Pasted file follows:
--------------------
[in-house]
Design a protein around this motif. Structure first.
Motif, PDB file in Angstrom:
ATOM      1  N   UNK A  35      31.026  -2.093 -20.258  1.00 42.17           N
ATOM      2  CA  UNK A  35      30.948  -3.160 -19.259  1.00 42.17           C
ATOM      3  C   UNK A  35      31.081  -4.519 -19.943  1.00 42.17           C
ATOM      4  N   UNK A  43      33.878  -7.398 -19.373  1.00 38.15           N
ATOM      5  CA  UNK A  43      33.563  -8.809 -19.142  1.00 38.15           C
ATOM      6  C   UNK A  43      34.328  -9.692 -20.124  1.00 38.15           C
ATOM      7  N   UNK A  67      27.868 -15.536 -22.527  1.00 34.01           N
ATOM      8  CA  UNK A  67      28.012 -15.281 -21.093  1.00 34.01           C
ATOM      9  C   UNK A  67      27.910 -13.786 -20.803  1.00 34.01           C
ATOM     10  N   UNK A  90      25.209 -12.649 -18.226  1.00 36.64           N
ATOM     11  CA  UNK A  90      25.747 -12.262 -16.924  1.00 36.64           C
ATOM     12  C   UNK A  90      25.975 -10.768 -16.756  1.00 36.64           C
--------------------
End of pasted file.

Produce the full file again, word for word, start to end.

[in-house]
Design a protein around this motif. Structure first.
Motif, PDB file in Angstrom:
ATOM      1  N   UNK A  35      31.026  -2.093 -20.258  1.00 42.17           N
ATOM      2  CA  UNK A  35      30.948  -3.160 -19.259  1.00 42.17           C
ATOM      3  C   UNK A  35      31.081  -4.519 -19.943  1.00 42.17           C
ATOM      4  N   UNK A  43      33.878  -7.398 -19.373  1.00 38.15           N
ATOM      5  CA  UNK A  43      33.563  -8.809 -19.142  1.00 38.15           C
ATOM      6  C   UNK A  43      34.328  -9.692 -20.124  1.00 38.15           C
ATOM      7  N   UNK A  67      27.868 -15.536 -22.527  1.00 34.01           N
ATOM      8  CA  UNK A  67      28.012 -15.281 -21.093  1.00 34.01           C
ATOM      9  C   UNK A  67      27.910 -13.786 -20.803  1.00 34.01           C
ATOM     10  N   UNK A  90      25.209 -12.649 -18.226  1.00 36.64           N
ATOM     11  CA  UNK A  90      25.747 -12.262 -16.924  1.00 36.64           C
ATOM     12  C   UNK A  90      25.975 -10.768 -16.756  1.00 36.64           C